Beijing (dpa) - An open letter from students, staff and alumni on Wednesday called on Peking University to stop putting pressure on Yue Xin, a student involved in a quest for information on a historic sexual assault case.
Yue is one of eight students who submitted an application to the university on April 9 for information on a former professor accused of sexually harassing and assaulting students in the 1990s.
The professor allegedly pushed one student, Gao Yan, to suicide.
The incident has pushed Peking University, which marks its 120th anniversary on May 4, into the centre of China's growing #metoo movement.
Known in China as #woyeshi, the movement gained momentum in January following accusations of sexual harassment at Beihang University and subsequently spread across China's campuses, where one-third of university students say they have been victims of sexual harassment.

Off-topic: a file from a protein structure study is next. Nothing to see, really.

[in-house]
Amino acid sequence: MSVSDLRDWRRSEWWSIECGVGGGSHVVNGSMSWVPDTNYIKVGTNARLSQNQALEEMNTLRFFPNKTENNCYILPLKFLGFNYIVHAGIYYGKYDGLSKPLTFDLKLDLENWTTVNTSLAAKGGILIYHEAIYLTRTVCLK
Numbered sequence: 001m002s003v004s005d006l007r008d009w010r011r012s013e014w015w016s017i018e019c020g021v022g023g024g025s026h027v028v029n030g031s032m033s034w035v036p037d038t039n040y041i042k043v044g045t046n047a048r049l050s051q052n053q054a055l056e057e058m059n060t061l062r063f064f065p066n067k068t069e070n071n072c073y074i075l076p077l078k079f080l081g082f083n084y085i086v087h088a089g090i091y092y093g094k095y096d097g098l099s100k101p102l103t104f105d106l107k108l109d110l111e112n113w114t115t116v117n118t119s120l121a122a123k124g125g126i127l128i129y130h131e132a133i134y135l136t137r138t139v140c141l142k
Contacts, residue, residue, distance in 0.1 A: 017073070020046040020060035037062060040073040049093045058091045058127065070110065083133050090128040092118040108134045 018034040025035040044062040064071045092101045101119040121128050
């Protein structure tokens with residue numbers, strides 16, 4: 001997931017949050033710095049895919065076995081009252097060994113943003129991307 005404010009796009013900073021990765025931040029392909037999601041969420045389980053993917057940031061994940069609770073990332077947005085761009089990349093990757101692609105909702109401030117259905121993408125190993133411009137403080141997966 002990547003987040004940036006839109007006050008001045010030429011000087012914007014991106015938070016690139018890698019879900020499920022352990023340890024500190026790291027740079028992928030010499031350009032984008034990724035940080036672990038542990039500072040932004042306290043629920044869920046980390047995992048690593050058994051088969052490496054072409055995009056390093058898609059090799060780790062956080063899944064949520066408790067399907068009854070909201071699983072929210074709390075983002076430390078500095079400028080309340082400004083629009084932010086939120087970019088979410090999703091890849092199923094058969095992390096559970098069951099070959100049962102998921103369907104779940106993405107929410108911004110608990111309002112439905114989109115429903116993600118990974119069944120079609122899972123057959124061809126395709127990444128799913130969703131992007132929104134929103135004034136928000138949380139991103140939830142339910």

In Wednesday's letter, released on social media but later deleted by censors, Peking University students, staff and alumni ask for a meeting to discuss the university's treatment of Yue Xin and a guarantee that she will be able to graduate.
On April 23, Yue wrote in a social media post that she had been harassed by administrators since the request was submitted.
She said teachers had asked her questions like "Will you be able to graduate successfully?" and "What will your mother and grandma will think about you doing this?”"
University staff and Yue's mother forced her to delete information from her computer and cell phone about the investigation and then leave campus, according to the post, which has since been deleted.
"The school misrepresented the facts when they contacted my mother, causing her to become overly frightened and [suffer an] emotional collapse," Yue said in the April 23 post.
Yue's case elicited support from her fellow students, who responded by putting up posters and taking to social media.
"Students ask for information, such a simple matter, how it possible that the university reacts so aggressively?” a user known as C Plan wrote on WeChat, in a since-deleted post published by China Digital Times.